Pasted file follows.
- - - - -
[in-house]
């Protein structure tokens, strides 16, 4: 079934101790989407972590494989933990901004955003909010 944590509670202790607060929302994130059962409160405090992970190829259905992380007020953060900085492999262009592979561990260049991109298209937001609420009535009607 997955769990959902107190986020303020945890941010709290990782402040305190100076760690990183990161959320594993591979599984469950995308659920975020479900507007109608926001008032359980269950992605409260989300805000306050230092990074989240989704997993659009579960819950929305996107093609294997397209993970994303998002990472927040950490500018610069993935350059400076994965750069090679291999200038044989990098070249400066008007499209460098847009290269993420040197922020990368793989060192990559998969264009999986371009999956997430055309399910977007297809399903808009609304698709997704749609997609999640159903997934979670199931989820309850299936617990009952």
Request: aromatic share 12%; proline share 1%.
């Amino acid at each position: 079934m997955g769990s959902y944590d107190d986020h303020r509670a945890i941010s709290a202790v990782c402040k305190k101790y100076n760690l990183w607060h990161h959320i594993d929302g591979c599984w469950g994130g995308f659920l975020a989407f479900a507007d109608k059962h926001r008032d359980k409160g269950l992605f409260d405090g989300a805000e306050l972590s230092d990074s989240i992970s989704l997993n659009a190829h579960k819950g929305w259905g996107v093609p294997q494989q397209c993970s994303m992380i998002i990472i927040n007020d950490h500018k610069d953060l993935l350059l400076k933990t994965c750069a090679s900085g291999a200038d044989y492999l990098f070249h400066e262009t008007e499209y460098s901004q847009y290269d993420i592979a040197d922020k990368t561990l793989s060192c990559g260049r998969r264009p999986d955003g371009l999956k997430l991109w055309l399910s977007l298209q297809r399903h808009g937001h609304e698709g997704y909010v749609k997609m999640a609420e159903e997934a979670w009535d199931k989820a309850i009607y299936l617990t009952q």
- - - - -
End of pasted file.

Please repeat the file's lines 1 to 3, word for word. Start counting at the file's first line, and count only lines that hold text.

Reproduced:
[in-house]
């Protein structure tokens, strides 16, 4: 079934101790989407972590494989933990901004955003909010 944590509670202790607060929302994130059962409160405090992970190829259905992380007020953060900085492999262009592979561990260049991109298209937001609420009535009607 997955769990959902107190986020303020945890941010709290990782402040305190100076760690990183990161959320594993591979599984469950995308659920975020479900507007109608926001008032359980269950992605409260989300805000306050230092990074989240989704997993659009579960819950929305996107093609294997397209993970994303998002990472927040950490500018610069993935350059400076994965750069090679291999200038044989990098070249400066008007499209460098847009290269993420040197922020990368793989060192990559998969264009999986371009999956997430055309399910977007297809399903808009609304698709997704749609997609999640159903997934979670199931989820309850299936617990009952």
Request: aromatic share 12%; proline share 1%.